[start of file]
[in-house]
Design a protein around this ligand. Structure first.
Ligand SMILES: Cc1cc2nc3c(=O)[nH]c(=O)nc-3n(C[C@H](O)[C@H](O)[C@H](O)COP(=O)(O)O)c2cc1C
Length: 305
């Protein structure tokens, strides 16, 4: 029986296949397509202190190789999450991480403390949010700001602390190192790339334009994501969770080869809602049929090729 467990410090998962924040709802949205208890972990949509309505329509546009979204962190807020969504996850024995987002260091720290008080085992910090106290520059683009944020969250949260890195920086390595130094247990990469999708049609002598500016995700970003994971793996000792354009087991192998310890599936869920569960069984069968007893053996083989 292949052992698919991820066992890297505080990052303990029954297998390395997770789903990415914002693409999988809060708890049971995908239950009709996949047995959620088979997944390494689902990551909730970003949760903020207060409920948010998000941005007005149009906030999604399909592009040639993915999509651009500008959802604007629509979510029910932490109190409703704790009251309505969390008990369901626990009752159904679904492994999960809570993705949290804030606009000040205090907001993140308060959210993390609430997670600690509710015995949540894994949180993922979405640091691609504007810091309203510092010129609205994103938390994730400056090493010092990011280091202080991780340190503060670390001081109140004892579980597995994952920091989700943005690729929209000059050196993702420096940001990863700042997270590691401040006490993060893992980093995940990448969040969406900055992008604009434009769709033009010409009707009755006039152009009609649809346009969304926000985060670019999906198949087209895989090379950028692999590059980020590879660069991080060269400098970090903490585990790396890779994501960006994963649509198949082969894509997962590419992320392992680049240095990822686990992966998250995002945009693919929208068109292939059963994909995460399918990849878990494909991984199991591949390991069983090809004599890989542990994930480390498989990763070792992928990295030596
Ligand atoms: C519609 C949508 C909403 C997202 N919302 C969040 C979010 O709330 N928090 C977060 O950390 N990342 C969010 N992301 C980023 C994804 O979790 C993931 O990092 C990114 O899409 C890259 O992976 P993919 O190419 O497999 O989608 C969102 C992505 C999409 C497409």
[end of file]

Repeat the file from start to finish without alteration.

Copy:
[in-house]
Design a protein around this ligand. Structure first.
Ligand SMILES: Cc1cc2nc3c(=O)[nH]c(=O)nc-3n(C[C@H](O)[C@H](O)[C@H](O)COP(=O)(O)O)c2cc1C
Length: 305
């Protein structure tokens, strides 16, 4: 029986296949397509202190190789999450991480403390949010700001602390190192790339334009994501969770080869809602049929090729 467990410090998962924040709802949205208890972990949509309505329509546009979204962190807020969504996850024995987002260091720290008080085992910090106290520059683009944020969250949260890195920086390595130094247990990469999708049609002598500016995700970003994971793996000792354009087991192998310890599936869920569960069984069968007893053996083989 292949052992698919991820066992890297505080990052303990029954297998390395997770789903990415914002693409999988809060708890049971995908239950009709996949047995959620088979997944390494689902990551909730970003949760903020207060409920948010998000941005007005149009906030999604399909592009040639993915999509651009500008959802604007629509979510029910932490109190409703704790009251309505969390008990369901626990009752159904679904492994999960809570993705949290804030606009000040205090907001993140308060959210993390609430997670600690509710015995949540894994949180993922979405640091691609504007810091309203510092010129609205994103938390994730400056090493010092990011280091202080991780340190503060670390001081109140004892579980597995994952920091989700943005690729929209000059050196993702420096940001990863700042997270590691401040006490993060893992980093995940990448969040969406900055992008604009434009769709033009010409009707009755006039152009009609649809346009969304926000985060670019999906198949087209895989090379950028692999590059980020590879660069991080060269400098970090903490585990790396890779994501960006994963649509198949082969894509997962590419992320392992680049240095990822686990992966998250995002945009693919929208068109292939059963994909995460399918990849878990494909991984199991591949390991069983090809004599890989542990994930480390498989990763070792992928990295030596
Ligand atoms: C519609 C949508 C909403 C997202 N919302 C969040 C979010 O709330 N928090 C977060 O950390 N990342 C969010 N992301 C980023 C994804 O979790 C993931 O990092 C990114 O899409 C890259 O992976 P993919 O190419 O497999 O989608 C969102 C992505 C999409 C497409």